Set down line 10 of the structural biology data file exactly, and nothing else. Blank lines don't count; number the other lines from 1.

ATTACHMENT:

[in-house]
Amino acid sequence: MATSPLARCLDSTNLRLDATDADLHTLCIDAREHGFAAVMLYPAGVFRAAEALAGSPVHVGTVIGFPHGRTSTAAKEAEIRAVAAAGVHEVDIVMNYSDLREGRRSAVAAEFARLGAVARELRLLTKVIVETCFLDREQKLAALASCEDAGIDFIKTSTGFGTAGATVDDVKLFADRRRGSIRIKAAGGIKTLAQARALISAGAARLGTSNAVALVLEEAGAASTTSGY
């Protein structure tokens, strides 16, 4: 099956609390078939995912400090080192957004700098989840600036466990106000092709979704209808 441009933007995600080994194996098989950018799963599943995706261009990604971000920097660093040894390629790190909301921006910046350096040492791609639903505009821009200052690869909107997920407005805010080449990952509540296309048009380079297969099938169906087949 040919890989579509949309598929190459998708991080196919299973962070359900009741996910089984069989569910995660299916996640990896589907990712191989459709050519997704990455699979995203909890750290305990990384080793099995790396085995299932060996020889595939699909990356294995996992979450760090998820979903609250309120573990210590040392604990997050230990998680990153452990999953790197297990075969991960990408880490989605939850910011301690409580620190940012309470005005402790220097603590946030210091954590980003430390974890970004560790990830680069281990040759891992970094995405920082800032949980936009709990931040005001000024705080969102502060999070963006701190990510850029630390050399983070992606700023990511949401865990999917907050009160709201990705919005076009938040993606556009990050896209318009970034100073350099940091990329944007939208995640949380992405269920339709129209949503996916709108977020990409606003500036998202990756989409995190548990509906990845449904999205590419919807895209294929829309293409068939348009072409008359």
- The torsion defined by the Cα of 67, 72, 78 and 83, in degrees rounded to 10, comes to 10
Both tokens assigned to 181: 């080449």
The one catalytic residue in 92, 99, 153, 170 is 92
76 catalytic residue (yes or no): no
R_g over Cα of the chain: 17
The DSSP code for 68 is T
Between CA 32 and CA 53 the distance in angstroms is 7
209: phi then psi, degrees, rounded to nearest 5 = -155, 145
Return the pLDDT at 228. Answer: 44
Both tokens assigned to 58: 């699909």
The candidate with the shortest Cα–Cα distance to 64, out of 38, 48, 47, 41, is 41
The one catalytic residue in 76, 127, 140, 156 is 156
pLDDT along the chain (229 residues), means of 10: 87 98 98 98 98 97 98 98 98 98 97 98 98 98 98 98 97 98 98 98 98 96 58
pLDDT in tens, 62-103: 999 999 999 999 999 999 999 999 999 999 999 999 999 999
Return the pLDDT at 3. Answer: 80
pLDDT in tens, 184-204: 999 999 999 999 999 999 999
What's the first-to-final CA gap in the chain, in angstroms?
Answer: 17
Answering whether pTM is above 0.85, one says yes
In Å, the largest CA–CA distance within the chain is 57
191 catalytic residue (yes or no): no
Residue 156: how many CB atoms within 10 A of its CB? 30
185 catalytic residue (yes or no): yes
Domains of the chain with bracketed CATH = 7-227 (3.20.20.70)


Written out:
Between CA 32 and CA 53 the distance in angstroms is 7